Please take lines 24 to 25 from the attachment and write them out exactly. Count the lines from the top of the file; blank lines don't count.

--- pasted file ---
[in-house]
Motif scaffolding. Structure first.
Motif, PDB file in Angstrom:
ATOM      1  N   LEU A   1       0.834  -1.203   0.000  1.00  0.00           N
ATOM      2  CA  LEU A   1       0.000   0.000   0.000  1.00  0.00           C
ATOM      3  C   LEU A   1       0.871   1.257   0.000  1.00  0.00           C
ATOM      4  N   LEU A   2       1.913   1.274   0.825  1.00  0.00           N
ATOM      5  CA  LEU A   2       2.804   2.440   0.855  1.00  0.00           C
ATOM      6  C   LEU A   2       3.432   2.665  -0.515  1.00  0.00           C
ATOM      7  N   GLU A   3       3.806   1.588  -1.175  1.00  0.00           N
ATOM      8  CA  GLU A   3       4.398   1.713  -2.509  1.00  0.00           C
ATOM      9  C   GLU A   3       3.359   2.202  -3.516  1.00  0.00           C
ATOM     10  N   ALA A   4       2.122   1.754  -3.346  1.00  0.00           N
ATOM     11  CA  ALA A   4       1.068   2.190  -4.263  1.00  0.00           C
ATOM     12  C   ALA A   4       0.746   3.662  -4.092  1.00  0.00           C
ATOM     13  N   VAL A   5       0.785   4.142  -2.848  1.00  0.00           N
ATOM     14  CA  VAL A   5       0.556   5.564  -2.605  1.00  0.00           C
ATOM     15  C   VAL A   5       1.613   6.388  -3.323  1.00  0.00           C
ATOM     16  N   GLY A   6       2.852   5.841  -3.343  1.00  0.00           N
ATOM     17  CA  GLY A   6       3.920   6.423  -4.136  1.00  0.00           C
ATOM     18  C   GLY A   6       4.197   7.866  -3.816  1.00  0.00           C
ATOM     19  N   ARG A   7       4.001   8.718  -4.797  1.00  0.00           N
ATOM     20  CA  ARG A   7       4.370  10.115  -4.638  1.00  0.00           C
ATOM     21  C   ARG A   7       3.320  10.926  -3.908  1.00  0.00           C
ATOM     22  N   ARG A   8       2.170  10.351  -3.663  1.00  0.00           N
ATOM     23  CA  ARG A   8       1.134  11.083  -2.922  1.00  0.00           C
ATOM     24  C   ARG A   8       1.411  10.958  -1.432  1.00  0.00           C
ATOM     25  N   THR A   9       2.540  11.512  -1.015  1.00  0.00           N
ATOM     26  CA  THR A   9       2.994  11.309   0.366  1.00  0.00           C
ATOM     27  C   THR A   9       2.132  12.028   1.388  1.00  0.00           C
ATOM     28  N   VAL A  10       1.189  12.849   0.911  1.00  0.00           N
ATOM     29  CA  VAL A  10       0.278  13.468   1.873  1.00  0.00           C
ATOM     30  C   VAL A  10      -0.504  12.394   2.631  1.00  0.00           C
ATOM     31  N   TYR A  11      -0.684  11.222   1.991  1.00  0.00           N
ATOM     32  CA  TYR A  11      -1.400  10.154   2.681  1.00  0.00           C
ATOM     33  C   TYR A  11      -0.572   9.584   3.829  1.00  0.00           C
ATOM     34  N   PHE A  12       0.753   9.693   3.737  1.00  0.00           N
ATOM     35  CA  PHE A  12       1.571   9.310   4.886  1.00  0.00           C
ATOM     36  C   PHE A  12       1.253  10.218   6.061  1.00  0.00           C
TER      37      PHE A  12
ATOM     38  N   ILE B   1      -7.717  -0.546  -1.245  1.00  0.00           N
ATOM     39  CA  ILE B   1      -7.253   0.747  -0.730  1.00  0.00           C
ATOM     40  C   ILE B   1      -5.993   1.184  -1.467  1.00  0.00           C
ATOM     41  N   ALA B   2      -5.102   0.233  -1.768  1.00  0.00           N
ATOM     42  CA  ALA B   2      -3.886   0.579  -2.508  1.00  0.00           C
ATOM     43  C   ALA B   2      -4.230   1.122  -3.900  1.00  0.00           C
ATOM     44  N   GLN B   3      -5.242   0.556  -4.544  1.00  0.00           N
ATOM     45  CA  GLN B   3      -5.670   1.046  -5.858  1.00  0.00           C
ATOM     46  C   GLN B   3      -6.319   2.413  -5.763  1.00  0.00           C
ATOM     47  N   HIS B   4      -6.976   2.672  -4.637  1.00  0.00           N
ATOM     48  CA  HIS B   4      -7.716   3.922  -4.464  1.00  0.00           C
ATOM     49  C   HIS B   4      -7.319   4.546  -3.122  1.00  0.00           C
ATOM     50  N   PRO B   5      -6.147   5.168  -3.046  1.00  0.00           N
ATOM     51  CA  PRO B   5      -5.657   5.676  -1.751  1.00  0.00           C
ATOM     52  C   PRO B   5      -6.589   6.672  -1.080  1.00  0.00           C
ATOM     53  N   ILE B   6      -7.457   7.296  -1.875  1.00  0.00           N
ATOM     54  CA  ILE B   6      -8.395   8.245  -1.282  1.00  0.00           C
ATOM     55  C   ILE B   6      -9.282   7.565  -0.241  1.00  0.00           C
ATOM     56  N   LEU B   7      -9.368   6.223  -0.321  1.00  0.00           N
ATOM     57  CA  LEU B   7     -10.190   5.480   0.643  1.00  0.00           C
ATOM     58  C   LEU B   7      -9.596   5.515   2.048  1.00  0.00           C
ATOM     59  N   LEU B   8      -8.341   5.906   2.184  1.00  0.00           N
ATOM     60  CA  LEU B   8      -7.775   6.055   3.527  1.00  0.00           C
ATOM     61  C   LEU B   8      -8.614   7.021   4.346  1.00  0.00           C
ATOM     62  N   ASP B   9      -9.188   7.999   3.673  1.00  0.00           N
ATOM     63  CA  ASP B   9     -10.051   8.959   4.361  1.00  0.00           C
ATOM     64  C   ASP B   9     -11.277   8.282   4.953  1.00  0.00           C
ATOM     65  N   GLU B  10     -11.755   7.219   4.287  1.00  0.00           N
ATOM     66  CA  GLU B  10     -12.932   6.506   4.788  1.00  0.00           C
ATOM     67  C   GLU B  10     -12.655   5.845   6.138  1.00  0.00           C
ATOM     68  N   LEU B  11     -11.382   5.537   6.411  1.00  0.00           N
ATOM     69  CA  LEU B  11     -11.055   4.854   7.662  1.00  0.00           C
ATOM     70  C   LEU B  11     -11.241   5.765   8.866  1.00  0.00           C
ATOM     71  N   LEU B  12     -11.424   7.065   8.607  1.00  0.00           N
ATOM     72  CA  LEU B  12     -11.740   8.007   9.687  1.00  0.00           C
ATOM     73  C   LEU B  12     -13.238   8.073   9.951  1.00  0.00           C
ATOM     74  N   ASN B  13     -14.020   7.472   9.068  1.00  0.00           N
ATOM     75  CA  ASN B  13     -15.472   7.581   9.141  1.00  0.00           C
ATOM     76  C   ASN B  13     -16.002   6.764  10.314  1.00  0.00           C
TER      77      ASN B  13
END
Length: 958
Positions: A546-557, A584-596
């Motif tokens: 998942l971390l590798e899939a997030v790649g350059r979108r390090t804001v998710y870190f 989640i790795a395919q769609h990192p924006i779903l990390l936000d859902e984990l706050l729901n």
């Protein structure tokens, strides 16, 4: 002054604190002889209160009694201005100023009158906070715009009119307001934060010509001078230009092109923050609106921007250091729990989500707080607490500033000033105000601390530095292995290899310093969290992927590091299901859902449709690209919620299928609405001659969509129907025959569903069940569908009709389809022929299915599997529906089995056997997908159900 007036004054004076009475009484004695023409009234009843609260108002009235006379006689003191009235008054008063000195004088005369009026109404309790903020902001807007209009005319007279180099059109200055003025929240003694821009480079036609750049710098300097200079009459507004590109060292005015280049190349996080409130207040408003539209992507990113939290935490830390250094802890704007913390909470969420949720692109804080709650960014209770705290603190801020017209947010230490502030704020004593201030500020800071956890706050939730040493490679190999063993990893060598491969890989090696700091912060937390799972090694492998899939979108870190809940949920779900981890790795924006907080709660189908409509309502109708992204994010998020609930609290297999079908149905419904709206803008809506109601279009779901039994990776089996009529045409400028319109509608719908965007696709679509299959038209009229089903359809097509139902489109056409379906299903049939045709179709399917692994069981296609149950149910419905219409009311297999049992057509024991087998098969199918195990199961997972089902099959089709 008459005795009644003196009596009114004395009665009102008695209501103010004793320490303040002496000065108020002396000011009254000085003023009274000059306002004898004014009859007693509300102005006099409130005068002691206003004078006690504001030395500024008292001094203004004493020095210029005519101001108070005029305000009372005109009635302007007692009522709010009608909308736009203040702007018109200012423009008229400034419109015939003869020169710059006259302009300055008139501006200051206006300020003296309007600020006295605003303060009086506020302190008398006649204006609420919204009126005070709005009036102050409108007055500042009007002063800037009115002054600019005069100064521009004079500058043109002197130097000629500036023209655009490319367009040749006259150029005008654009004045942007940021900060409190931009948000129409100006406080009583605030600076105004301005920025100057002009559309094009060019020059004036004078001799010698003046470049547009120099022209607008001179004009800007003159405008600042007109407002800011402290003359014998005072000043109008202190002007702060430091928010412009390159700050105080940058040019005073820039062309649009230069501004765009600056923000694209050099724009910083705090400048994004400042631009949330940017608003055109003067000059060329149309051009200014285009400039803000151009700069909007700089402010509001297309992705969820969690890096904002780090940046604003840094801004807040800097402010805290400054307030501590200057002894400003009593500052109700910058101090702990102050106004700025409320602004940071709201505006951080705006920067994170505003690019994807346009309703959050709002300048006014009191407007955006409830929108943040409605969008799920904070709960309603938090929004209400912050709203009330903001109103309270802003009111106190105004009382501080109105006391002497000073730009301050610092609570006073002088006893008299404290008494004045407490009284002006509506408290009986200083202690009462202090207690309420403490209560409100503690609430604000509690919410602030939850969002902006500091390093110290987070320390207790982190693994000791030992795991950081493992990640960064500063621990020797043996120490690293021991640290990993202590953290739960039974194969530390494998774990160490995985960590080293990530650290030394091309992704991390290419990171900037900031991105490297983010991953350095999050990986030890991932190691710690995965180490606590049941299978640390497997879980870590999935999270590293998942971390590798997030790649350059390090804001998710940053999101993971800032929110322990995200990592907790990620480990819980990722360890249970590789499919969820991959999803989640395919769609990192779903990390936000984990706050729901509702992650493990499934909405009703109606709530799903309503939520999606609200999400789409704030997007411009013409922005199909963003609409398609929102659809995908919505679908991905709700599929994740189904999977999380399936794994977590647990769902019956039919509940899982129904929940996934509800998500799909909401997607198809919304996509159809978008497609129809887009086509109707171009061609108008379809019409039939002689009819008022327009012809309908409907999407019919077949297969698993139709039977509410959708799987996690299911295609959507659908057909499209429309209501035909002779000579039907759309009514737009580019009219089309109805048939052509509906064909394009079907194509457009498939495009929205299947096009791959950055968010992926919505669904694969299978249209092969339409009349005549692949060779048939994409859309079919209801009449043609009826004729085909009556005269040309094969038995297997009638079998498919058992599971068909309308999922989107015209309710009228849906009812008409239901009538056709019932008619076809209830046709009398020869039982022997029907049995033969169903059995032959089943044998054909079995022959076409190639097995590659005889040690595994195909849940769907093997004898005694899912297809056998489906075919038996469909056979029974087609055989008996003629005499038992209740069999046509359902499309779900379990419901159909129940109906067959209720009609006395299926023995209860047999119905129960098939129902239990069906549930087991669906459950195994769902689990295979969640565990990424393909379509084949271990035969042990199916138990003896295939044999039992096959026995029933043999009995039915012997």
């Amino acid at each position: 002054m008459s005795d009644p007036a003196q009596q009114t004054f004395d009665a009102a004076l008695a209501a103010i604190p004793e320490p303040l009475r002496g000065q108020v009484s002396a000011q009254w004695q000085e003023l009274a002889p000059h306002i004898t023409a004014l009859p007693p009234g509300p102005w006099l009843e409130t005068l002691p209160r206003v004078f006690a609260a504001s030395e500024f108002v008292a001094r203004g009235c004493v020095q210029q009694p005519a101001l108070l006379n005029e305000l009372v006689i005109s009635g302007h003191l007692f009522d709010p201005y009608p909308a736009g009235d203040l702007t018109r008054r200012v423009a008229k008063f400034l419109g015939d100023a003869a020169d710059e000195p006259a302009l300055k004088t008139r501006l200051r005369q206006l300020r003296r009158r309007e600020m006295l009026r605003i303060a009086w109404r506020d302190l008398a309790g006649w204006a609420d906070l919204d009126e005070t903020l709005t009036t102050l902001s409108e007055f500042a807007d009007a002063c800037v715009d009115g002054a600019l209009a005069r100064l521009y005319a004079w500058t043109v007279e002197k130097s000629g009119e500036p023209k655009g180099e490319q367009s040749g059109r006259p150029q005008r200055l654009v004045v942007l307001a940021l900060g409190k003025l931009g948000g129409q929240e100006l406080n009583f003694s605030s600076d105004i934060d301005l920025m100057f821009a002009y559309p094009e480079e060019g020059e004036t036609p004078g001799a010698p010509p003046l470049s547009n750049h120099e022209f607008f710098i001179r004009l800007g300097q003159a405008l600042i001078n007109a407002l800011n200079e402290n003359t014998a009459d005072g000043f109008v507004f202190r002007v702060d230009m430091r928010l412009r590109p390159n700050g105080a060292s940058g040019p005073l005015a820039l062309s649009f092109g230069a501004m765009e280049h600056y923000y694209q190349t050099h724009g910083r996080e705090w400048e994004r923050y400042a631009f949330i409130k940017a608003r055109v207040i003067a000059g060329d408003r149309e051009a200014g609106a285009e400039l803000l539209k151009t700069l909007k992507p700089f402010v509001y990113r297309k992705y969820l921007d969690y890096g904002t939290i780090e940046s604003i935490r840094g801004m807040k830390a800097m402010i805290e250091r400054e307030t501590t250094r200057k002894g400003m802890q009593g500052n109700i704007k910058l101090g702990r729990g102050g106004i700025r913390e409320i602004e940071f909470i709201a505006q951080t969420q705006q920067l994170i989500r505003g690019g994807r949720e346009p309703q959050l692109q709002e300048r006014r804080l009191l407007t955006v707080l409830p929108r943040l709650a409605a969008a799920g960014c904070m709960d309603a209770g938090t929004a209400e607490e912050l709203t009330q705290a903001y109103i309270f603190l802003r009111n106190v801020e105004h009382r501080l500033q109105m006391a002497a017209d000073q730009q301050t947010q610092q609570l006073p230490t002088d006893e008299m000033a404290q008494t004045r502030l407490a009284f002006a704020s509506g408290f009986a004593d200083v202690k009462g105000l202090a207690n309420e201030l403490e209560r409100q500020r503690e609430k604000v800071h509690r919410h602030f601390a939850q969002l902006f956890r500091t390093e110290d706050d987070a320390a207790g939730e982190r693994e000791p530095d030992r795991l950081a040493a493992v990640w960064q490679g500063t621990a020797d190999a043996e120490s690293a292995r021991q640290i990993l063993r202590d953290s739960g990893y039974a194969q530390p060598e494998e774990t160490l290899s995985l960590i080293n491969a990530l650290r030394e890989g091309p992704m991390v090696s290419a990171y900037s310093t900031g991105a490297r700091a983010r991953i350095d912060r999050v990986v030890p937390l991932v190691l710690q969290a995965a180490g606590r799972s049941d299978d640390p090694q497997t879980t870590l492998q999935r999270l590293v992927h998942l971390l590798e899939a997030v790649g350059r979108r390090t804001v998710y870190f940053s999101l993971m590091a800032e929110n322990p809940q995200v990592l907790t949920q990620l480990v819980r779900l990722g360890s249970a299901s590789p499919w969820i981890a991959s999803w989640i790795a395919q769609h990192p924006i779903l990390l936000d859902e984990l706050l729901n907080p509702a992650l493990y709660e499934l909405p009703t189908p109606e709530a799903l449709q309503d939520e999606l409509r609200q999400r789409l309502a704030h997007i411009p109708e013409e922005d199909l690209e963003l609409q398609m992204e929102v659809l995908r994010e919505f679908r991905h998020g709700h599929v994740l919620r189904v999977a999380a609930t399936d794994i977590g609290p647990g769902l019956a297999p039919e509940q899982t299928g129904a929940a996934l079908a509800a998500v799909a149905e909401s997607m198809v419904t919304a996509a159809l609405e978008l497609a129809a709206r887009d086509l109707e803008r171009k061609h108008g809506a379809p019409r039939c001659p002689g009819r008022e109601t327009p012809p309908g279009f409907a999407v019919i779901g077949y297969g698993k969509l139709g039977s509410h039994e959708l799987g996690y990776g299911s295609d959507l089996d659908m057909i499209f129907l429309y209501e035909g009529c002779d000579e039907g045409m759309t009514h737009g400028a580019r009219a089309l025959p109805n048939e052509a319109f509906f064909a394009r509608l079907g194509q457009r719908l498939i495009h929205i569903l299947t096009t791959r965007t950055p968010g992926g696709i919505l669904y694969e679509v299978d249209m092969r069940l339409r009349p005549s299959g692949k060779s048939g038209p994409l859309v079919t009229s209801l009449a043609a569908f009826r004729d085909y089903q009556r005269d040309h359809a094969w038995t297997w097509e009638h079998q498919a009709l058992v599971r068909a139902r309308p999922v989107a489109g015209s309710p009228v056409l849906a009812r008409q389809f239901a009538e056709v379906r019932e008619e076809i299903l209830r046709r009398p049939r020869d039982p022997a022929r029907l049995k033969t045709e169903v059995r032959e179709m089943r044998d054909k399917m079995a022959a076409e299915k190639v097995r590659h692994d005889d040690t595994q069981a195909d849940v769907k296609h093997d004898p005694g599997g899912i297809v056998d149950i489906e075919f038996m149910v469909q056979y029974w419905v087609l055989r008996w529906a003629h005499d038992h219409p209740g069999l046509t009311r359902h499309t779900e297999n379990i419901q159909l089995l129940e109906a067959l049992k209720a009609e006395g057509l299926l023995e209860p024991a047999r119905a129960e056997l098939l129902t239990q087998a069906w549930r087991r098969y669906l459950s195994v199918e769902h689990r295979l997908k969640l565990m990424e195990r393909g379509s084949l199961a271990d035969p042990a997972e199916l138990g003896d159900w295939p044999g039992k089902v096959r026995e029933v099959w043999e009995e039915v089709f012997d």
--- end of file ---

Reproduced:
ATOM     21  C   ARG A   7       3.320  10.926  -3.908  1.00  0.00           C
ATOM     22  N   ARG A   8       2.170  10.351  -3.663  1.00  0.00           N